In A Small Town, Veterans Provide A Big Service To Their Peers At the VETS Peer to Peer Outreach Center in Watertown, N.Y., veterans come to socialize and connect. Veterans Tim Cryster and Dave Robertson lead a team that helps their peers find support.
NPR logo

In A Small Town, Veterans Provide A Big Service To Their Peers

  • Download
  • <iframe src="https://www.npr.org/player/embed/506483945/506483946" width="100%" height="290" frameborder="0" scrolling="no" title="NPR embedded audio player">
  • Transcript
In A Small Town, Veterans Provide A Big Service To Their Peers

In A Small Town, Veterans Provide A Big Service To Their Peers

In A Small Town, Veterans Provide A Big Service To Their Peers

  • Download
  • <iframe src="https://www.npr.org/player/embed/506483945/506483946" width="100%" height="290" frameborder="0" scrolling="no" title="NPR embedded audio player">
  • Transcript

Dave Robertson found lifesaving support at the VETS Peer to Peer Outreach Center in Watertown, N.Y. Meredith Turk hide caption

toggle caption
Meredith Turk

Dave Robertson found lifesaving support at the VETS Peer to Peer Outreach Center in Watertown, N.Y.

Meredith Turk

When Donald Trump won the presidential election, he made a pledge to every citizen: that he would be president for all Americans. In the weeks before Trump's inauguration, we're going to hear about some of the communities that make up this nation, from the people who know them best, in our series Finding America.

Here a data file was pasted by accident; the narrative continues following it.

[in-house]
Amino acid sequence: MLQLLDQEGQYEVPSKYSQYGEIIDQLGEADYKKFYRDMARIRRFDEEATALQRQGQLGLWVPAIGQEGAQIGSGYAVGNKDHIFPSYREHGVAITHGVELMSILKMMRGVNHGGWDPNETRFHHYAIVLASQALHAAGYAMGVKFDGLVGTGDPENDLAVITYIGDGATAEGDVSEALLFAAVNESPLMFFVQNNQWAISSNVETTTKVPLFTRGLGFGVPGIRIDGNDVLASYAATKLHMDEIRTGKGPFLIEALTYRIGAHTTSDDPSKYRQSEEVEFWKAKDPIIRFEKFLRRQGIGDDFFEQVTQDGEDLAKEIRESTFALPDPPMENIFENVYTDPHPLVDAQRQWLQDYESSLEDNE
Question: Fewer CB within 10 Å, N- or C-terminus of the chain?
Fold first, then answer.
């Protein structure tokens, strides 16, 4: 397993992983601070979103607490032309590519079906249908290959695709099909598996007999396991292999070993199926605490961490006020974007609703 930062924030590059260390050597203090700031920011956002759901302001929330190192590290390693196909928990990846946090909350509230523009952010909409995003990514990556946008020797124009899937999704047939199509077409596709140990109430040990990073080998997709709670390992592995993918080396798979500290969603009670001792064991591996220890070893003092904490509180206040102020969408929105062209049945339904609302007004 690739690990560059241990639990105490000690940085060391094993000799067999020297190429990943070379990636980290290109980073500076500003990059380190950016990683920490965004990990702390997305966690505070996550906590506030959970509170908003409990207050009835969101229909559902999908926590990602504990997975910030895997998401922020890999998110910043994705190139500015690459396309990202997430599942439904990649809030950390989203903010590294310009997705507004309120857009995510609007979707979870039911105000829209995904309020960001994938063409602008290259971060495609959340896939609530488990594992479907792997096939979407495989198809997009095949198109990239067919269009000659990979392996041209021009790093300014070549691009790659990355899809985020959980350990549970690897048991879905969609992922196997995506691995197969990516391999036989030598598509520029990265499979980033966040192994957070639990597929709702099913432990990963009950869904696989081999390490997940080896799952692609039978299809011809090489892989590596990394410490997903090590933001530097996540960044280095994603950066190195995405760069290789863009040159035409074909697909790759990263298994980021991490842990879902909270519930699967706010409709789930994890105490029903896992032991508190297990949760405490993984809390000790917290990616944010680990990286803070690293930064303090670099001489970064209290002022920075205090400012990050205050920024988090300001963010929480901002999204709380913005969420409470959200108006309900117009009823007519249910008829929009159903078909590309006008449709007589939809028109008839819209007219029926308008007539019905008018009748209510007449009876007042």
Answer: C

Overseeing care for military veterans will be one of Donald Trump's biggest responsibilities as president. In Watertown, N.Y., home of Fort Drum and the Army's 10th Mountain Division, veterans visit the VETS Peer to Peer Outreach Center for support.

This piece was produced by Meredith Turk of Localore: Finding America, a national production of AIR, the Association of Independents in Radio. Find more stories at NPR and at Finding America.

Veterans Tim Cryster and Dave Robertson lead a team at the center that helps other veterans. They provide food, clothing, help navigating veterans' benefits and, sometimes, an ear for veterans who need to talk.

Cryster says the center offers an experience that is "reliably unique" compared with what most veterans face when they look for support. He says they rewrite the mission every time a new person walks through the door.

"Veterans don't ask for help," Cryster says. "They're less likely, I think they're almost two times more likely to not ask for help even when they need it. But when they do, they'll let go. So you grab on to their thing, and they say, 'OK, you've got me.' And I say, 'Roger, I've got you.' "

Use the audio link above to hear the full story.